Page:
Dogs at Their Heels
As a kid growing up in Westchester, I lived in an apartment building on the fourth floor. No elevator. We played kickball in the backyard with the other kids who lived in the building. When the Good Humor ice-cream truck came by, we’d yell up to mom like banshees and if she had them, she would wrap a few quarters in plastic and throw them out the kitchen window. We had chores to do and did them. We didn’t get allowance. The word “no” was not an unfamiliar term. By age 12 we had jobs; babysitting, delivering newspapers or breaking down boxes and sweeping up scraps at the local butcher shop. We also had pen-pals who we hand-wrote letters to. We walked to school, the movie theaters, the mall and the beach– by ourselves. Our family of five shared one rotary phone, the kind that was attached to the wall and stayed there when we left the house. We also shared a lime green record player for our musical entertainment. Our first color TV was 19 inches. I didn’t have a computer and when I went to college, I borrowed a friend’s electric typewriter to write reports.
Behind our building was a trucking company where typically, seven or eight, 18-wheelers stood neatly parked, side by side. The only thing between us and the trucks was a simple 10, maybe 12 foot high chain link fence that was hardly a barrier, let alone a deterrent to kids with a mission. After hopping the fence, we would climb the truck beds, hoist each other up to the roof tops and jump, roof to roof down the line, just for fun. Next to the trucks was a sand and gravel yard separated by a similar fence and guarded by a team of 3 or 4 loose running dogs. Dobermans. It was a game, a quest, a challenge to quietly sneak over the fence, outwitting the dogs, climb to the top of a 15 foot mound of gravel and yell out at the top of our lungs, “I’m king of the mountain!” Of course, this immediately alerted the otherwise outwitted but now fiercely barking dogs to our location and sent us all on the run of our lives scrambling back over the fence in record time with the dogs growling and salivating at our heels. In hindsight, I’m truly amazed none of us ever got caught and chewed to bits as we feared we would. But then again, there was an unspoken code that had a “no child left behind” ethic to it among us. We helped each over the fence. I liken my childhood experiences to the day courses our kids now take at special facilities designed to teach them “trust and team building skills”. What a difference a couple of decades make.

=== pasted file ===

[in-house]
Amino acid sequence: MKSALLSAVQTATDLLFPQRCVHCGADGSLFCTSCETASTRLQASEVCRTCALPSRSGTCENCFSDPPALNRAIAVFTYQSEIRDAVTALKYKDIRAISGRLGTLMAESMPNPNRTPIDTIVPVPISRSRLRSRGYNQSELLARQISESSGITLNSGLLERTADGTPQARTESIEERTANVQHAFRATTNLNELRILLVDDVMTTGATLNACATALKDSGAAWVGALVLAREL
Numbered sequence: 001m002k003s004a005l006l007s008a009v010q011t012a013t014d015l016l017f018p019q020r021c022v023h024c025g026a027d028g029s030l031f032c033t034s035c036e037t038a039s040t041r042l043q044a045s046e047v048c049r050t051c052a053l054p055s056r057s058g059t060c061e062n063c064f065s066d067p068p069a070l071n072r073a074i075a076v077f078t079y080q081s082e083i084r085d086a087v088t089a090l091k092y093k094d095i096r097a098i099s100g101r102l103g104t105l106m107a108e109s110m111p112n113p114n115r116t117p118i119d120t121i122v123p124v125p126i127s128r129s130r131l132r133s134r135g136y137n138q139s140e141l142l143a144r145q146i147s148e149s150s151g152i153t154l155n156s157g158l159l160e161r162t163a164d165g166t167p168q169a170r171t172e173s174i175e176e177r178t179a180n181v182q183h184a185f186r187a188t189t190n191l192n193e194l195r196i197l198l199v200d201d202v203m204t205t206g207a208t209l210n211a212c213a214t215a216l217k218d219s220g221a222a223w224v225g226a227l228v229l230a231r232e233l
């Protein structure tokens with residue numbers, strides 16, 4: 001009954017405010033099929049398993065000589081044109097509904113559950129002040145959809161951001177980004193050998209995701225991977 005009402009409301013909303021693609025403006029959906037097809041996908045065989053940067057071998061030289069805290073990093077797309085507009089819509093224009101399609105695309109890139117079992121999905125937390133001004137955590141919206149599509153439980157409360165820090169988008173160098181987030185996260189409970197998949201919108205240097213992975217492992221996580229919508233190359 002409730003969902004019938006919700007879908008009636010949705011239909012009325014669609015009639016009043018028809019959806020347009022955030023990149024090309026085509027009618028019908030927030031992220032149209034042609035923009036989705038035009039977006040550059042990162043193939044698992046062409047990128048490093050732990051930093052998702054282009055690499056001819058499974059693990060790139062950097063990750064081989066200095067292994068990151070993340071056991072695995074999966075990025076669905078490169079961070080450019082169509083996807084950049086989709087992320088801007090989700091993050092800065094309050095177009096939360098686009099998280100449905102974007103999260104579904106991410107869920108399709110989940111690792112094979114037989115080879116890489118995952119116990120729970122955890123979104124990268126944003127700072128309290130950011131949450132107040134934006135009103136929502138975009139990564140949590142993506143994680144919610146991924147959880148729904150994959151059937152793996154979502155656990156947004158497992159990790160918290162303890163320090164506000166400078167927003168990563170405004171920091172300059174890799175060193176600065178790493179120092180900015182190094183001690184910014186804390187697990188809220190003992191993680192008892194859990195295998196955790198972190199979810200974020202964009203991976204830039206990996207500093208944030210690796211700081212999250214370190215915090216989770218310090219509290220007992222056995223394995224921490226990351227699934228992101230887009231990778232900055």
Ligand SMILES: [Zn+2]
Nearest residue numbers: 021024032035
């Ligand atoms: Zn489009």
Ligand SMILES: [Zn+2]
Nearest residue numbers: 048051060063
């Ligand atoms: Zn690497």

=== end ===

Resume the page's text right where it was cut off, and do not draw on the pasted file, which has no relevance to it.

My children live in the suburbs. My 9-year old is not allowed to leave our cul-de-sac. There are no sidewalks here. They are driven or take the bus to and from their school every day. They each have their own Gameboys, iPods, cell phones and laptops. They play their Wii games on our 54″ flat screen TV. My 12-year old son carries a pre-paid American Express picture ID card with at least $50.00 on it, in his pocket, in case of emergency. He’s never climbed a fence, let alone been chased by a crazy, barking dog regularly. He prefers to Facebook, Skype or text his friends rather than actually speak to them or meet them at the movies or a bowling alley.
I take responsibility for aiding in the provision of the latest and greatest for my kids. Doesn’t every generation strive to do better and give more to their children? Technological advancement is the key. Isn’t it? With answers literally at their fingertips, academically, my kids are already worlds ahead of me. It’s the life skills and their ability to cope that concerns me. After all, no one is immune to life’s inevitable disappointments, no matter how many gadgets they own. Sometimes I believe my childhood with less in it, may have left me better equipped to deal with life and all that comes with it than today’s youth. I didn’t need to absolutely have to have anything right now or fall prey to the instant gratification disease that so many of our young people now suffer from. I wanted things but I understood that “no” meant “no”, not maybe or tomorrow. I learned to accept that I couldn’t have everything or everything, my way. I have some intuitiveness and self-discipline as a result which has proved extremely valuable during some intensely difficult times in my life thus far. I worry that my kids are missing out on some invaluable, independent learning by not being able to roam as freely and learn to free themselves from a jam, on their own, as I did. I wonder how you can teach them these lessons without letting them or the dogs out. I hope that they will have what it takes to overcome life’s unexpected challenges; the real hard ones. I pray that they will be able to summon the courage and stamina they’ll need to help each other over the fence when the dogs are at their heels.